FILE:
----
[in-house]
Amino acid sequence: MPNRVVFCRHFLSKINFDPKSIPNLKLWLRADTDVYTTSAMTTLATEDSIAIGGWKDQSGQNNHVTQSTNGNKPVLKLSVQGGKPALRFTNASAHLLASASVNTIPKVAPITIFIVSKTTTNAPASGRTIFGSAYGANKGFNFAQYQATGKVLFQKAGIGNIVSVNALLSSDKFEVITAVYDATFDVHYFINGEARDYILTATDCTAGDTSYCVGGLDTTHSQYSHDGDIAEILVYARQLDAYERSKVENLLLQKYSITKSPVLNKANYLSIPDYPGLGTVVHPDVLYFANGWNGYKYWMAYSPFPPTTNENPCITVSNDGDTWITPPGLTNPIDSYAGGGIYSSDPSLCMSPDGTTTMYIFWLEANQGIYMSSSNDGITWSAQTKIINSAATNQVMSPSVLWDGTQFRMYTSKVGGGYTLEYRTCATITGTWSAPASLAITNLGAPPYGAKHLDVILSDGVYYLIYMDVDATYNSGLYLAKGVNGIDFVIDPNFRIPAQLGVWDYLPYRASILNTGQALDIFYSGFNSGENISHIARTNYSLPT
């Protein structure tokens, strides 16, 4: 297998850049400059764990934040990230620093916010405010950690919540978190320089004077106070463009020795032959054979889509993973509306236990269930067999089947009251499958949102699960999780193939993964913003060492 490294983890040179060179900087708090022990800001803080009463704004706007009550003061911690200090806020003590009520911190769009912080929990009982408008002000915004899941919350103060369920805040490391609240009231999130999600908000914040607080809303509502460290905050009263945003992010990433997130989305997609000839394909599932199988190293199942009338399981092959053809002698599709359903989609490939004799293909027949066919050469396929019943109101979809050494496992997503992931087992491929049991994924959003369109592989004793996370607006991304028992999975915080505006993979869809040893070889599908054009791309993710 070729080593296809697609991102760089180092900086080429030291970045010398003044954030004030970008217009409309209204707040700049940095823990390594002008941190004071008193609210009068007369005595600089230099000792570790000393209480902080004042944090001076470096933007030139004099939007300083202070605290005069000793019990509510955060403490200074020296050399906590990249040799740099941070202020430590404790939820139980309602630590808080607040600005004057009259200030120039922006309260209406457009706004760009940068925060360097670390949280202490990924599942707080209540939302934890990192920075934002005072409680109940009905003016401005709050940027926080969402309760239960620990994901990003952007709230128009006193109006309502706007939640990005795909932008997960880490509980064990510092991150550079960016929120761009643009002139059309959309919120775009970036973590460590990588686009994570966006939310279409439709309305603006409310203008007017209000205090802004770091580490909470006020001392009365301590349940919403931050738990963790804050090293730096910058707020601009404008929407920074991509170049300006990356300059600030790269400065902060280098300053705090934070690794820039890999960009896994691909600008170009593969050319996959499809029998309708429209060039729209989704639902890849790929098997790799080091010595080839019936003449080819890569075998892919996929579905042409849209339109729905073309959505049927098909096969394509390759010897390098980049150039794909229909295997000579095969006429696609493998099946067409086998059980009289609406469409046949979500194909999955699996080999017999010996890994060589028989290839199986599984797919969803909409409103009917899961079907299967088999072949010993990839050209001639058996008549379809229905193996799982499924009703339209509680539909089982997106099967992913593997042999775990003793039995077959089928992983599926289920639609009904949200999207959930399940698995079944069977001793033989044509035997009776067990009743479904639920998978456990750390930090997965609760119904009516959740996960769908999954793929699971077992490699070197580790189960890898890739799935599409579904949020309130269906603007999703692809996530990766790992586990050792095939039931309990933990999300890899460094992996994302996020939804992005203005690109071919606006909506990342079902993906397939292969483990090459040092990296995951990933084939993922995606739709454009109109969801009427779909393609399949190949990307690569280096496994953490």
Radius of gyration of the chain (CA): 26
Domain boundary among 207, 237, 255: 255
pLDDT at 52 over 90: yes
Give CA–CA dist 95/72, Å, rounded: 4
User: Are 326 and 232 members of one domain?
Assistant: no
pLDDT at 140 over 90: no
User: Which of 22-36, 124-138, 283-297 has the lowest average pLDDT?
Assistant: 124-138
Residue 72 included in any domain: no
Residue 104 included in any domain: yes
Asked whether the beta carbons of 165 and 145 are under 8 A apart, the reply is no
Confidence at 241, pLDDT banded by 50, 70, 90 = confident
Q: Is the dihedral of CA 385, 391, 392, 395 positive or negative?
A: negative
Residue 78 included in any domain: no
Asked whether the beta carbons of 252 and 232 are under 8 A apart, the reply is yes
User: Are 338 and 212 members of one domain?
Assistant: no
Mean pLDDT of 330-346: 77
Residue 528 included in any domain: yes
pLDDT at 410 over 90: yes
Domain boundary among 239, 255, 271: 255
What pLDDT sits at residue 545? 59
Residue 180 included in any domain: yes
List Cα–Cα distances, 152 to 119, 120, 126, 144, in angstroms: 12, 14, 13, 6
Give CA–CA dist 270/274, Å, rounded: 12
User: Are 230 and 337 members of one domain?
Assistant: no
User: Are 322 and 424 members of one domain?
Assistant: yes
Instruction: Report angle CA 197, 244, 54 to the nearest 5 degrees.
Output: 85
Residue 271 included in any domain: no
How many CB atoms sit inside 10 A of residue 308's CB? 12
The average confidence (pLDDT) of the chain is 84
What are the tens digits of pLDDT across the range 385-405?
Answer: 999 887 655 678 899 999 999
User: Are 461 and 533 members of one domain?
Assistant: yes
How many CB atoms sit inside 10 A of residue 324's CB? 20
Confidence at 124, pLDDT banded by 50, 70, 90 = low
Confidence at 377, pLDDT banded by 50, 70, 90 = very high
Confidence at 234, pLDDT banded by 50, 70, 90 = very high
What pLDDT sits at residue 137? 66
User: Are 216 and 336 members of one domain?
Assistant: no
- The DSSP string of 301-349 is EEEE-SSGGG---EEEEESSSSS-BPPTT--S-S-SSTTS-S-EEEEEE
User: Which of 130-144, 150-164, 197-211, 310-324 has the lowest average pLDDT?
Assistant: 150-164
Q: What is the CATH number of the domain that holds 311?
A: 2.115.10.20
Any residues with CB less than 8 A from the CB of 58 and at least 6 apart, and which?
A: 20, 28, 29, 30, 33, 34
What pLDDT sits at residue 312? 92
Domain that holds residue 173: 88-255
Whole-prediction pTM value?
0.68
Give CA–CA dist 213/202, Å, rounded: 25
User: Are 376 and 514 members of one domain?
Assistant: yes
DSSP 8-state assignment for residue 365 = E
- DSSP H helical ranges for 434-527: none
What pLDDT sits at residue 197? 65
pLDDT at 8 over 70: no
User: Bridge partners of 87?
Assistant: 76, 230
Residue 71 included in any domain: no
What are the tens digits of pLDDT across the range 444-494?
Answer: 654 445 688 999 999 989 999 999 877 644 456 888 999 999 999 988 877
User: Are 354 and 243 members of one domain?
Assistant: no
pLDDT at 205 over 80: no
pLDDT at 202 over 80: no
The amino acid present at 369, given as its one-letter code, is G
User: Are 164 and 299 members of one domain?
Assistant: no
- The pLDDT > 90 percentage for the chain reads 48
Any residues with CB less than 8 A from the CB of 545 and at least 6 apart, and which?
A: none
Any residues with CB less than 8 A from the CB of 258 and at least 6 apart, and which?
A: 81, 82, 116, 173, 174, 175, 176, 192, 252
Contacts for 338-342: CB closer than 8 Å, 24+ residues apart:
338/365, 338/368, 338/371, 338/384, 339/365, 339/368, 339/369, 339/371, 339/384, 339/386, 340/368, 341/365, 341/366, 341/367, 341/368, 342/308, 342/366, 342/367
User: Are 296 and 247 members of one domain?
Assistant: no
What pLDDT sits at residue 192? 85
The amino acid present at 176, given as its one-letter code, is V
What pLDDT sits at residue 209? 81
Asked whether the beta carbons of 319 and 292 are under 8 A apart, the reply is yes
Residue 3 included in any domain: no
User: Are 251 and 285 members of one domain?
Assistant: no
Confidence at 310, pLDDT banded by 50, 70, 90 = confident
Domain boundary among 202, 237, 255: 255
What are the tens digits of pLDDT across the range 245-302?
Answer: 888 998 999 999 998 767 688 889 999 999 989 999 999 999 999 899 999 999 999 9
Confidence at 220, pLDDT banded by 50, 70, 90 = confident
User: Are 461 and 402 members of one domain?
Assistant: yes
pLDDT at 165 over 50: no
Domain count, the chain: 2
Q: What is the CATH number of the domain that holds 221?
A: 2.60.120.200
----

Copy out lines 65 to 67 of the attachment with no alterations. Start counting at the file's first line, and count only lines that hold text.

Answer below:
DSSP 8-state assignment for residue 365 = E
- DSSP H helical ranges for 434-527: none
What pLDDT sits at residue 197? 65